Active Directory over NAT – KB 978772

The Microsoft statement regarding Active Directory over NAT is:

Active Directory over NAT has not been tested by Microsoft.
We do not recommend Active Directory over NAT.
Support for issues related to Active Directory over NAT will be very limited and will reach the bounds of commercially reasonable efforts very quickly.

If you are tasked with configuring a network with NAT and you plan to run any Microsoft Server solution (including Active Directory) across the NAT, please contact Microsoft customer technical support using your preferred approach.

Description of support boundaries for Active Directory over NAT

Associated Articles

Tim Springston – DCs and Network Address Translation

Microsoft Online Dedicated Service Descriptions and Service Level Agreements

Microsoft Online Services does not support the implementation of network address translation (NAT) technology between the customer and Microsoft domain controllers. Implementing NAT systems requires a highly specific configuration that is dependent on the networking products used. Even if successfully deployed, NAT systems and devices pose operational risks. They require that customers change their NAT configuration when Microsoft modifies its domain controller deployments. Without NAT reconfiguration, Microsoft authentication to the Customer Forest can fail.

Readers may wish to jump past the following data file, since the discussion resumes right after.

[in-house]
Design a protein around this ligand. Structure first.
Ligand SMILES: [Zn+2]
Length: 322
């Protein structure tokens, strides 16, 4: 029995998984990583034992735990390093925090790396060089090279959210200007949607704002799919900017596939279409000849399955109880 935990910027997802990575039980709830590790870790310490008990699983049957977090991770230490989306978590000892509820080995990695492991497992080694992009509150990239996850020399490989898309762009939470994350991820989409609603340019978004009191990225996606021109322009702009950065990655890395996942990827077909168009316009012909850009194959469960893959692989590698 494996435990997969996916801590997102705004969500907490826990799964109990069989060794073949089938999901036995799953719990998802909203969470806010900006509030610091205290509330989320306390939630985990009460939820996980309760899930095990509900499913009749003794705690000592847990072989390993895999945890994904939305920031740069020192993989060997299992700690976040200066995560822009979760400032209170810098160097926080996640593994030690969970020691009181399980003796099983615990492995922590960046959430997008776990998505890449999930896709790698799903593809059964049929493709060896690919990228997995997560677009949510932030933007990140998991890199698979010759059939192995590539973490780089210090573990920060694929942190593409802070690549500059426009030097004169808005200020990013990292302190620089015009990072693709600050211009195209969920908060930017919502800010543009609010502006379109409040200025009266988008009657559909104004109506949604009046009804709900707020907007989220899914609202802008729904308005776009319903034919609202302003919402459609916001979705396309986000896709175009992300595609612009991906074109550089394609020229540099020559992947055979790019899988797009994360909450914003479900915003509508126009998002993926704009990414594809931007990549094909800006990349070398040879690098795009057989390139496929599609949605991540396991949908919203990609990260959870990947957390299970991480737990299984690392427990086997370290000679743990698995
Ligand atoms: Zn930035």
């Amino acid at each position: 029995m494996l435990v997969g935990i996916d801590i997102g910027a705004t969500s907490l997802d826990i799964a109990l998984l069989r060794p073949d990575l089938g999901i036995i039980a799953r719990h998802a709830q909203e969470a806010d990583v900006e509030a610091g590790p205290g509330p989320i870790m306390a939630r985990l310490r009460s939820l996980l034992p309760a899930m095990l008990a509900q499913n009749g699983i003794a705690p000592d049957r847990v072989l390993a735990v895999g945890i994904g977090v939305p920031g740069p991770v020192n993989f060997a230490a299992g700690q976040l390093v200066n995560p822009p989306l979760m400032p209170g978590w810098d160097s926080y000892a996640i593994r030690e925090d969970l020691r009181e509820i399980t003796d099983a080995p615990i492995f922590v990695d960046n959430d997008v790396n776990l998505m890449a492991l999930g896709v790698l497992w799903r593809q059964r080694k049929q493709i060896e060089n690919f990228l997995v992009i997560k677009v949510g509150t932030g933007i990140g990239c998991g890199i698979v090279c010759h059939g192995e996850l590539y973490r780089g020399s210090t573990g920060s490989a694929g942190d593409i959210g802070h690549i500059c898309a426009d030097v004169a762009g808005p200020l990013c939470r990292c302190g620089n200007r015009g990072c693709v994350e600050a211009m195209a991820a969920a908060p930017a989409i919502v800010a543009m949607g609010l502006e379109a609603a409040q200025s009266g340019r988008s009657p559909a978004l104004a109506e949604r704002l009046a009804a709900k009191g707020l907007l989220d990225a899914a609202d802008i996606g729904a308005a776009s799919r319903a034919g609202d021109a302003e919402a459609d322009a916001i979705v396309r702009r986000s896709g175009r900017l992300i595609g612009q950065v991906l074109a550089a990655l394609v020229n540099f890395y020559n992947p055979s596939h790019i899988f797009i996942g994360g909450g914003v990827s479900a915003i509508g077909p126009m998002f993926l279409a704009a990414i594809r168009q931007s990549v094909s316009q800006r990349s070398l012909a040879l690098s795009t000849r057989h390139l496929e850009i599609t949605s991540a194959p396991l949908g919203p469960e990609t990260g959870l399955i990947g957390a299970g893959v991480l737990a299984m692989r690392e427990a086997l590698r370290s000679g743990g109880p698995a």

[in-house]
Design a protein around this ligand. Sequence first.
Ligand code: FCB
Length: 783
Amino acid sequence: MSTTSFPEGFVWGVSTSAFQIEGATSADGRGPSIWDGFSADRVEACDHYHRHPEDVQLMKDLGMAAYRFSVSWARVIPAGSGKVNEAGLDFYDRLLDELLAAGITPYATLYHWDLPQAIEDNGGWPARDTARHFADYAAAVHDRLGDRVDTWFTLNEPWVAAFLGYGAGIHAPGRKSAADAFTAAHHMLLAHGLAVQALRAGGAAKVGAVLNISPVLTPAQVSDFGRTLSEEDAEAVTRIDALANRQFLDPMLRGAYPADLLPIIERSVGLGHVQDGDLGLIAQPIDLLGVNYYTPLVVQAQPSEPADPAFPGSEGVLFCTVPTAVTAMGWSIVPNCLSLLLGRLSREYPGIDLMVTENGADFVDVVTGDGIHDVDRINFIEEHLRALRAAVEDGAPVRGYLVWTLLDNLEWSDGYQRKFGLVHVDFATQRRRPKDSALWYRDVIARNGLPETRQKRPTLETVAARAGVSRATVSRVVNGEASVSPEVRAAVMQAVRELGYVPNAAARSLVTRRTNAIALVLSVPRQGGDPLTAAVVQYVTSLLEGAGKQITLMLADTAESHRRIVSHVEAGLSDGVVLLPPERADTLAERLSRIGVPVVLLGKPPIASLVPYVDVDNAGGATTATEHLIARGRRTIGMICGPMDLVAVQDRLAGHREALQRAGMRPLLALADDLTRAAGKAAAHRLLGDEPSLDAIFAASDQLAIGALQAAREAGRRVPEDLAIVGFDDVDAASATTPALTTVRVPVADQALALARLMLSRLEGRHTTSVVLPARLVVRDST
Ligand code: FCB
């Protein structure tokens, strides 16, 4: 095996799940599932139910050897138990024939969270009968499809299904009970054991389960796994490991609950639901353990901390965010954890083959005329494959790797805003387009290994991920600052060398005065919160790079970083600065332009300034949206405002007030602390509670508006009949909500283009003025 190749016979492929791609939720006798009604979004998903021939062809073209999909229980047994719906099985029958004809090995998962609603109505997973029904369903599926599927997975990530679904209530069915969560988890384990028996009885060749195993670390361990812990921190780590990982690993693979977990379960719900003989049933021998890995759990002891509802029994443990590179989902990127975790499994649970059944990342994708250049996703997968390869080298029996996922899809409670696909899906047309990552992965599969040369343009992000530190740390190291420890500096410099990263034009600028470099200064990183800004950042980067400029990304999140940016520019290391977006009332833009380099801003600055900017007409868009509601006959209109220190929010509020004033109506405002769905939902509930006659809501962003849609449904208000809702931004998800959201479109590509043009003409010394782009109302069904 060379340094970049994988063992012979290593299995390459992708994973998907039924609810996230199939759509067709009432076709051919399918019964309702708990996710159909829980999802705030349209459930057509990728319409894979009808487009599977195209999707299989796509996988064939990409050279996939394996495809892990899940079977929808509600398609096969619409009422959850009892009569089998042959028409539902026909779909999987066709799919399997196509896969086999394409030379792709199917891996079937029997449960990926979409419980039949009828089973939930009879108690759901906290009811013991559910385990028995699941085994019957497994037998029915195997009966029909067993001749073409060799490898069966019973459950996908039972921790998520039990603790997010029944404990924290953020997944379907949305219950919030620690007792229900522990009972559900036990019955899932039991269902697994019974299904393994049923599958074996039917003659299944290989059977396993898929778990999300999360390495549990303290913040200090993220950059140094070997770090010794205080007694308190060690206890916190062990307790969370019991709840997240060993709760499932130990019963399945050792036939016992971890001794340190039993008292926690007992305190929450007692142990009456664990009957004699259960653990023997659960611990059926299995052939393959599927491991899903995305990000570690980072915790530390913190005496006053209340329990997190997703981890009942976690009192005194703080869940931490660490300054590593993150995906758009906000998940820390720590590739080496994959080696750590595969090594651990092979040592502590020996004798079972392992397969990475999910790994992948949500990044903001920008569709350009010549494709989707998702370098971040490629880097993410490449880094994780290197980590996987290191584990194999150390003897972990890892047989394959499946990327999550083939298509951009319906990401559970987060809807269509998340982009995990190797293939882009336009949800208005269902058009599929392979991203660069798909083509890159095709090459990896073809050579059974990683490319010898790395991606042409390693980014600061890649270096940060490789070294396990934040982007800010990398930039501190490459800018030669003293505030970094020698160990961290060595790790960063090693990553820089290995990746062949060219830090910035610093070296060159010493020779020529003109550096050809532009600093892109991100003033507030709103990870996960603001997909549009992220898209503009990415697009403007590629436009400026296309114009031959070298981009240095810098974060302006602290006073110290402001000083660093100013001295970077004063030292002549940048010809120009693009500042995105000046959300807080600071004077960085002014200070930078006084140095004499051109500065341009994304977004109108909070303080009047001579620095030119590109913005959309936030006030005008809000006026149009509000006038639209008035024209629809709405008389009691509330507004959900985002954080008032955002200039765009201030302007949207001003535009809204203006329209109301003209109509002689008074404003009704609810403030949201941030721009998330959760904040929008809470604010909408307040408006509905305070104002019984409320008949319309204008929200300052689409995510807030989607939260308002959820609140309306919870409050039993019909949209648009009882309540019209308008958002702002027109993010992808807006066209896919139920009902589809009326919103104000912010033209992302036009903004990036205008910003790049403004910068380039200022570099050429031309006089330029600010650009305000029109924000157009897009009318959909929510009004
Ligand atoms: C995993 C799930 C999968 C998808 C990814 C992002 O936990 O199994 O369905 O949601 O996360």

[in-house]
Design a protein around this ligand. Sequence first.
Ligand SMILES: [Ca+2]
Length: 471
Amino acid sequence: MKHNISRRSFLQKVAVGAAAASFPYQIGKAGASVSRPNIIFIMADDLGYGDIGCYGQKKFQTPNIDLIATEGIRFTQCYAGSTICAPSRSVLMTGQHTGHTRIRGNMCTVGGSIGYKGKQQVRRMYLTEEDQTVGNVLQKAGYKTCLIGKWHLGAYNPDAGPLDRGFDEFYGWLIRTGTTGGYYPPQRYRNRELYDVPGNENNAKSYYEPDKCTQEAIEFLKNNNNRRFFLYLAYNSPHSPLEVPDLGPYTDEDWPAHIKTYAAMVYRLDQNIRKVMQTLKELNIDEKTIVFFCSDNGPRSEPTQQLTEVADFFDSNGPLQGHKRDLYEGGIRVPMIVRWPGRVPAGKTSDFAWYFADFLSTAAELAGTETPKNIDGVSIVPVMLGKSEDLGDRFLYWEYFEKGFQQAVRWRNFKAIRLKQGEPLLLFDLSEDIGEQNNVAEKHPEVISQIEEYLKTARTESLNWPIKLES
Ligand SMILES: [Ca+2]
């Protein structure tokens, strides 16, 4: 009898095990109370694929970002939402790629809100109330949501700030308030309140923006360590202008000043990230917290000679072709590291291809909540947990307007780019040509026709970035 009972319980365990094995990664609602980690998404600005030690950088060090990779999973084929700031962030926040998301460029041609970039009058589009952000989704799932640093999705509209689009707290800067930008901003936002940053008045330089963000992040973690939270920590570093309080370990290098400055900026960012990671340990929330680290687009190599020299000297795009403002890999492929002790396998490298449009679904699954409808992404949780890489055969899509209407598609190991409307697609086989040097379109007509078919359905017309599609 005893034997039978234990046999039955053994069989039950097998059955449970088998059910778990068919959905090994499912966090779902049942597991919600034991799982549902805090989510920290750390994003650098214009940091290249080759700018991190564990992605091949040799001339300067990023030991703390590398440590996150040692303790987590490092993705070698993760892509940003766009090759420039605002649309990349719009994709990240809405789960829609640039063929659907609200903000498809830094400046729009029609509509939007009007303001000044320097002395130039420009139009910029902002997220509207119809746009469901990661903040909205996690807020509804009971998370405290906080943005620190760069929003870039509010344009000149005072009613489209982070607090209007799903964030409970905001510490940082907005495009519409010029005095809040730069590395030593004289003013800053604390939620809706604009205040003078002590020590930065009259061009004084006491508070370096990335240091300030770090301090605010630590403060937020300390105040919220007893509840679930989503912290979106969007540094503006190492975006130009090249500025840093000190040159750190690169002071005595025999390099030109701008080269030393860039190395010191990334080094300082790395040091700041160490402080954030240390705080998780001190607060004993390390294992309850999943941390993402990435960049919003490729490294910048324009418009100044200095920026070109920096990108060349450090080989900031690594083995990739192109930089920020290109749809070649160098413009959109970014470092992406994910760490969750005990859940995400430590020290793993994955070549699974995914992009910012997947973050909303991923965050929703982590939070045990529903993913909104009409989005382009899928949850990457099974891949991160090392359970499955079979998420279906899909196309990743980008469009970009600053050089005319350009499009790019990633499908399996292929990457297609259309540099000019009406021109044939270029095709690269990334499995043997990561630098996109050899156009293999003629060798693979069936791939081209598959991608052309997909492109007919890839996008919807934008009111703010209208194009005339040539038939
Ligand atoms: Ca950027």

Download the agreements

Windows Server 2008 R2 will be the last version of Windows Server to support the Intel Itanium architecture.

I picked up on this little bit of information over the weekend, I have never come across the Itanium architecture in a production environment; but somebody somewhere  uses it and will be impacted.

Windows Server 2008 R2 will be the last version of Windows Server to support the Intel Itanium architecture.  SQL Server 2008 R2 and Visual Studio 2010 are also the last versions to support Itanium. 

Full story is at the Windows Server Division WebLog